Conjugate gradient method

Disclaimer: The notes are made from information available here and wikipedia.

Conjugate gradient is effective for solving systems of the form:


x is an unknown vector
\mathbf{A} is a known positive-definite, square, symmetric matrix
b is a known vector

The CG method is most effective in solving systems where \mathbf{A} is sparse. In case where \mathbf{A} is dense, the solution can be found by factorizing \mathbf{A} and using back substitution. On the other hand, when \mathbf{A} is sparse, factorising and back-substitution become lengthy procedures.

Now, say we are finding the optimal solution of a quadratic equation f(x):

f(x)=\frac{1}{2} x^T \mathbf{A}x-b^Tx+c

For a positive definite square symmetric matrix A the equation can be solved by finding the point where the gradient of f(x) becomes = 0. Therefore the solution of f'(x)=0=Ax-b gives the critical point of f(x).

So why use CG?

The idea is to solve the equation not by finding the intersection of hyperplanes rather, by iterative minimization of the problem.

Method of Steepest Descent

The method of steepest descent entails starting from an arbitrary point x_0 and consequently taking steps along the direction opposite to gradient f'(x) which is -f'(x_i)=b-Ax_i, to reach at the optimal point of f(x). It is convenient to say:

x_{k+1} = x_k+ \alpha_k p_k

Where \alpha_k is the step length taken in the direction of p_k which is -f'(x).

As error e_i=x^*-x_i and r_i=b-Ax_i r_i is essentially the direction of the steepest descent i.e. -f'(x). Therefore the step length can be found by line search.

Eigenvectors and Eigenvalues

Eigenvector v of matrix \mathbf{B} is the non zero vector, which when multiplied with B doesn’t rotate, rather changes in length or reverses its direction. Therefore, for some scalar \lambda, \mathbf{B}v=\lambda v. This \lambda is called the eigenvalue of vector v.

Spectral radius: \rho(\mathbf{B})=max |\lambda|. If the value of spectral radius is less than one, it indicates convergence. Lower the value of spectral radius, faster the convergence.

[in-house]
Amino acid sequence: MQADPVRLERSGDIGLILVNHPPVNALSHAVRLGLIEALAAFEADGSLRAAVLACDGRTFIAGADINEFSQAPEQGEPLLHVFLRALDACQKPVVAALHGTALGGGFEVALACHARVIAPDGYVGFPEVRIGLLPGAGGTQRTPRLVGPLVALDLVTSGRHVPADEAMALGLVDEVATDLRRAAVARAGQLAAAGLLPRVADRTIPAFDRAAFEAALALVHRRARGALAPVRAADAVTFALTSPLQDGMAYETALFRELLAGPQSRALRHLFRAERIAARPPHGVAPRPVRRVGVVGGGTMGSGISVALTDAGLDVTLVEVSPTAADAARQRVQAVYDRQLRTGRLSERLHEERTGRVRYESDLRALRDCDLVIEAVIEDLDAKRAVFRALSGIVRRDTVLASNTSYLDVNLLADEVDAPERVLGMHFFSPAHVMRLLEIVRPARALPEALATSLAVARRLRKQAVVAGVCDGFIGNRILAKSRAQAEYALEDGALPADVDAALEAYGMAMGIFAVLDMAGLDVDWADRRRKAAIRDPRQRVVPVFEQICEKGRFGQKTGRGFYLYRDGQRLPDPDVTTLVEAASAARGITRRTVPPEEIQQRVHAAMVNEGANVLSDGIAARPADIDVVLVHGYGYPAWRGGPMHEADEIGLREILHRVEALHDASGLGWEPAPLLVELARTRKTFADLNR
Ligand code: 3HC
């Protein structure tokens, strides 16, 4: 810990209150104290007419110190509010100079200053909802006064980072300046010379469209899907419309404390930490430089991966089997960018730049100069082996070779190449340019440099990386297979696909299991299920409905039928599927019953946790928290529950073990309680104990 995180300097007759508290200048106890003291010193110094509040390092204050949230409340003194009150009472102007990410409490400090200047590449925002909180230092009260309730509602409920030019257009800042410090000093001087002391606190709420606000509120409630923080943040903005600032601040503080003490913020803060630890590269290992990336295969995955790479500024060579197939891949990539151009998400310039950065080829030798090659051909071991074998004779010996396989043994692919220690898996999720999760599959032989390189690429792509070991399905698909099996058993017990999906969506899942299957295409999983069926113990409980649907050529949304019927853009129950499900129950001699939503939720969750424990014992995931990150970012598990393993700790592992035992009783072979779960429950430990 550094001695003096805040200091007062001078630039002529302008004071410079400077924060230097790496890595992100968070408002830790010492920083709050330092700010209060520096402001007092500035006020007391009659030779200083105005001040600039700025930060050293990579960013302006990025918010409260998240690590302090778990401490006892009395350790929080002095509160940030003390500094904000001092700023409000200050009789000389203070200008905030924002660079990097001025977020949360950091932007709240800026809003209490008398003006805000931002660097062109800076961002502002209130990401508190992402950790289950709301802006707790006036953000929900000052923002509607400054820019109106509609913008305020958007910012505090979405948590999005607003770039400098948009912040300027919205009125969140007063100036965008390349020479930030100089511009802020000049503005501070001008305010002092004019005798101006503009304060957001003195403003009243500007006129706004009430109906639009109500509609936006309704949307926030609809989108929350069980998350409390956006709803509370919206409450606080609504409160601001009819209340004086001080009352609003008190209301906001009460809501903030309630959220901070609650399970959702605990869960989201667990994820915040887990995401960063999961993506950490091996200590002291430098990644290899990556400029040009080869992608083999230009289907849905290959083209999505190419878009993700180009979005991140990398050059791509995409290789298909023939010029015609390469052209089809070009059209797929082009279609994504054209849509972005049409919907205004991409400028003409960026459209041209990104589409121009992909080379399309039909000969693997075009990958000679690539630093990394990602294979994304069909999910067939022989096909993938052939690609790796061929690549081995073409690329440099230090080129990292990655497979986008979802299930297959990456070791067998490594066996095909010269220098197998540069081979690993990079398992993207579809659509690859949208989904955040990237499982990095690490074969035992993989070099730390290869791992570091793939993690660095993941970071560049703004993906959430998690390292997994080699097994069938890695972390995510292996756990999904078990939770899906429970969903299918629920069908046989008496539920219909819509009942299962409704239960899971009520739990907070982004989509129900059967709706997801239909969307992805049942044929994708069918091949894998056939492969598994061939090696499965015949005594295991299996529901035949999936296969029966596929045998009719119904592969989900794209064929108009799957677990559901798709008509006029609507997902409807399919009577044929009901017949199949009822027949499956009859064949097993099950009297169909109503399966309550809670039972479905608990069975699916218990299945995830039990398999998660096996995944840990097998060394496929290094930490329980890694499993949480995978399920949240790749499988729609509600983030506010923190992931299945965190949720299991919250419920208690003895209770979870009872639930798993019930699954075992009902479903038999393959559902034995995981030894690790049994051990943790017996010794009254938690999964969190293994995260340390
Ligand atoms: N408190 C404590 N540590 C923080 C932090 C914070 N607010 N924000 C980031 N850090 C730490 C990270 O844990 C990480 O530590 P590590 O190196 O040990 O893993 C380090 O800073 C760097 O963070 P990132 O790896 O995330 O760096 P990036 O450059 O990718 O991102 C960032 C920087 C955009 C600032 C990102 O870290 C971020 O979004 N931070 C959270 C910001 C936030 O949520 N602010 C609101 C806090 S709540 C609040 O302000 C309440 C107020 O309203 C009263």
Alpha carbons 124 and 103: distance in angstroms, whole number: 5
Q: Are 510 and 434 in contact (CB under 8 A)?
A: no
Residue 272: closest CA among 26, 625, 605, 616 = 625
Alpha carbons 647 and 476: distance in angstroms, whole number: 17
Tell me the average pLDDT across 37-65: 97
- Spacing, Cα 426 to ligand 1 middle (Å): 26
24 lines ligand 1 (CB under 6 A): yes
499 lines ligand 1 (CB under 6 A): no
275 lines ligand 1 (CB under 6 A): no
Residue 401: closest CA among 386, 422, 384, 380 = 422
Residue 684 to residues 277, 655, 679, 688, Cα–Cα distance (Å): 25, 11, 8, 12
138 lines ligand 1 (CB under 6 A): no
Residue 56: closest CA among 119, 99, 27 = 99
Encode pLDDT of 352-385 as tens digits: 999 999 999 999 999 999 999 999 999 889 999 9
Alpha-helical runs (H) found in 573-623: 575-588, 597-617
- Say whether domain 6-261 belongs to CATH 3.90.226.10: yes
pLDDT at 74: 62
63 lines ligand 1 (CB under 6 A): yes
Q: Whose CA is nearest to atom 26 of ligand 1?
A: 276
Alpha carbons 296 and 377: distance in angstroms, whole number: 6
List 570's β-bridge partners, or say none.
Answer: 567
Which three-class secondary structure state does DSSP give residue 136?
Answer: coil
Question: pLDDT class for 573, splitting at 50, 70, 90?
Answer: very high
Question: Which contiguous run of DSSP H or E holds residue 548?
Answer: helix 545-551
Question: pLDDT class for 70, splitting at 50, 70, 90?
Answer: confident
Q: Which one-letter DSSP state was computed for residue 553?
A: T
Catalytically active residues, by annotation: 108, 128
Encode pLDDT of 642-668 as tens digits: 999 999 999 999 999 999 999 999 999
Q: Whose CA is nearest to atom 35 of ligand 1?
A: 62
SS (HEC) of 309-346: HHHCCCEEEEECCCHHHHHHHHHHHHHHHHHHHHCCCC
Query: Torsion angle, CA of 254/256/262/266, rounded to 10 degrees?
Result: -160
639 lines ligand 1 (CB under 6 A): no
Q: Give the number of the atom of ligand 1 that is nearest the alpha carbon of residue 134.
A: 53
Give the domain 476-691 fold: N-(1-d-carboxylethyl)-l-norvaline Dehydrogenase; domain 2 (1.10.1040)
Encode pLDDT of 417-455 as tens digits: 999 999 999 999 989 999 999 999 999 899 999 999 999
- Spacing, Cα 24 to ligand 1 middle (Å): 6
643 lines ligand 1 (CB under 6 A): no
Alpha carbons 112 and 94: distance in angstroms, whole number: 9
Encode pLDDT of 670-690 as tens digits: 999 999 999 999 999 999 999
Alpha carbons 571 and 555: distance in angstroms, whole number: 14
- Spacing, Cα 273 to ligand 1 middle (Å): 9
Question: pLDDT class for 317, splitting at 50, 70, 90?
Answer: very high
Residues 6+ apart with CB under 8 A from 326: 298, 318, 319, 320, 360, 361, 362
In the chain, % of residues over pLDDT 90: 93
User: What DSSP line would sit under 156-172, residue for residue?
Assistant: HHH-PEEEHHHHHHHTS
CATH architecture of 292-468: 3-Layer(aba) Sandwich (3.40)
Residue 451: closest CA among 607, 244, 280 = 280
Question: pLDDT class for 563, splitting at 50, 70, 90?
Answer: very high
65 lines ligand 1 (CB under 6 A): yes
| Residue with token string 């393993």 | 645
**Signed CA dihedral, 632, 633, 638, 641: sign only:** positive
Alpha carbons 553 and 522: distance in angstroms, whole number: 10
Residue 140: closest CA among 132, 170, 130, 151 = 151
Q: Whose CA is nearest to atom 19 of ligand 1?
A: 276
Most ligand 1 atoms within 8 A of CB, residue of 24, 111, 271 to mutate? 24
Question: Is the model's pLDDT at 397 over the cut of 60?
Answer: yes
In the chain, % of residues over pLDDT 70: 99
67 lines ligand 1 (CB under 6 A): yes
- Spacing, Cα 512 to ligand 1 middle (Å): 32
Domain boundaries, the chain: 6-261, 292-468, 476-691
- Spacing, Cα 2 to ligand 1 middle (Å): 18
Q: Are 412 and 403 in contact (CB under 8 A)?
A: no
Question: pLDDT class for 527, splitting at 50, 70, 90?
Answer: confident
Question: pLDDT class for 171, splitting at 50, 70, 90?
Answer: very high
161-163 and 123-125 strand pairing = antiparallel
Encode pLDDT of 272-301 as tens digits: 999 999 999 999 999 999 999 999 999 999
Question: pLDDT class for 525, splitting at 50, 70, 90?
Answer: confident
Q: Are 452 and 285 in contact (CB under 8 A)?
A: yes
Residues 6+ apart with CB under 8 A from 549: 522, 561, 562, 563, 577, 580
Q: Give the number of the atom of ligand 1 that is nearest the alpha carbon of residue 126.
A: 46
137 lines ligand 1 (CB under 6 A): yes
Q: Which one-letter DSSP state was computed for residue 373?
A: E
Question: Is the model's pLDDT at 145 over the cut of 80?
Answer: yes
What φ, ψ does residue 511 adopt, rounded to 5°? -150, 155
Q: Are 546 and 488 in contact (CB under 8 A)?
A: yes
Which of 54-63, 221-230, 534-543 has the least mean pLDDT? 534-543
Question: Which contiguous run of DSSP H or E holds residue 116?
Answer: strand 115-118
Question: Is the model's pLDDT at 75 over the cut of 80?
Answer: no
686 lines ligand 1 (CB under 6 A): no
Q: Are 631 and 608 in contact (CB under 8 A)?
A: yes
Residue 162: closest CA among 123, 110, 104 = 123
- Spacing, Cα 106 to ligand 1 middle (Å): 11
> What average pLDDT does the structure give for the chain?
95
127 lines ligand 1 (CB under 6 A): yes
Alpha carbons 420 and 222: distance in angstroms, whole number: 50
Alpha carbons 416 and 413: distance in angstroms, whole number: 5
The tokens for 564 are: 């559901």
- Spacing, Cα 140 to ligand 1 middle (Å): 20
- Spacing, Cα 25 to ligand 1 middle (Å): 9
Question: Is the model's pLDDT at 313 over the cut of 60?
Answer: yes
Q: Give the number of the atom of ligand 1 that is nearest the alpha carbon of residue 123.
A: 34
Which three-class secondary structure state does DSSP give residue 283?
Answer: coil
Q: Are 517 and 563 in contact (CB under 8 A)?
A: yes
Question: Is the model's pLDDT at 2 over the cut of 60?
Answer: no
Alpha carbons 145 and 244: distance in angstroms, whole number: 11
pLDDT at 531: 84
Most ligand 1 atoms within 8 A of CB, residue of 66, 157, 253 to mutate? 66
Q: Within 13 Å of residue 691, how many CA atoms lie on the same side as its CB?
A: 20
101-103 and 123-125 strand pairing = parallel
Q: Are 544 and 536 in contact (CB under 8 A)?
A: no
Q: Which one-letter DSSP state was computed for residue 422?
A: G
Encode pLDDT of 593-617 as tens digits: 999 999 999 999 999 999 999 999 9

Jacobi iterative method

In pursuit of solving \mathbf{A}x=b, we split \mathbf{A} to matrices with its diagonal \mathbf{D} and non-diagonal elements \mathbf{E}

for, -\mathbf{D}^{-1}\mathbf{E}=\mathbf{B} & \mathbf{D}^{-1}b=z
x_{k+1}=\mathbf{B}(x^*+e_k)+z where error e_k=x_k-x^*
Now, at the optimal point, x_k=x_{k+1} hence, x^*=\mathbf{B}x^*+z

Question 1: But B is not the eigenvector of x. How does it still converge the results?
Answer 1:   Vector x can be split as a sum of eigenvectors of B.
Bx=a*\lambda_1 v_1+ b*\lambda_2 v_2
from triangle inequality,
a*|\lambda_1 v_1|+ b*|\lambda_2 v_2| > |Bx|
If  |\lambda_1| and |\lambda_2| are smaller than one, the value of LHS reduces with every increment hence converging the value of |Bx|
Question 2: Why split it to diagonal and non-diagonal elements?
Answer 2:   a) Diagonal elements are easy to invert.

b) This is an arbitrary choice with the hope to get B that has smaller spectral radius.

Now, splitting e_k to respective eigenvectors of \mathbf{B},we get corresponding eigenvalues which will eventually determine the rate of convergence of the error e_{k+1}. Lesser the value of eigenvalue \lambda_k faster the convergence.


Taking a simple approach where e_k is in the direction of eigenvector, \alpha=\lambda^{-1} using steepest descent the optimal point is reached at one attempt.
Similarly any e can be broken further into its eigenvector components. If we take all eigenvector of \mathbf{A} such that their eigenvalues are same then the optimal solution is reached in one step (Spherical rather than ellipsoidal cross-section) but in case of several non equal eigenvalues, the convergence gets tough.


So, Steepest Descent algorithm is rougher, this is not the most efficient way while Jacobi method is smoother because every eigenvector component is reduced in every iteration.

The Method of Conjugate Directions

In case of Steepest descent method, the common problem that one runs into is going down the same vector direction again and again increasing the cost of optimisation. The best idea here would be to accumulate all these steps in the same direction to a single effective step to avoid spending more time. A convenient method to do that is using conjugate gradient method, where the search directions are A-orthogonal to each other. e(i+1) is A-orthogonal to d(i):
d(i)^T \mathbf{A}e(i+1)=0
d(i)^T \mathbf{A}(e(i)+ \alpha_i d(i))=0
\alpha_i=\frac{-d(i)^T \mathbf{A}e(i)}{d(i)^T \mathbf{A}d(i)}
\alpha_i=\frac{-d(i)^T r(i)}{d(i)^T \mathbf{A}d(i)}
Where d(i) is the search direction.

Method of Conjugate Gradient

CG is simply the method of Conjugate Directions where the search directions are constructed by conjugation of the residuals (u_i=r_i).

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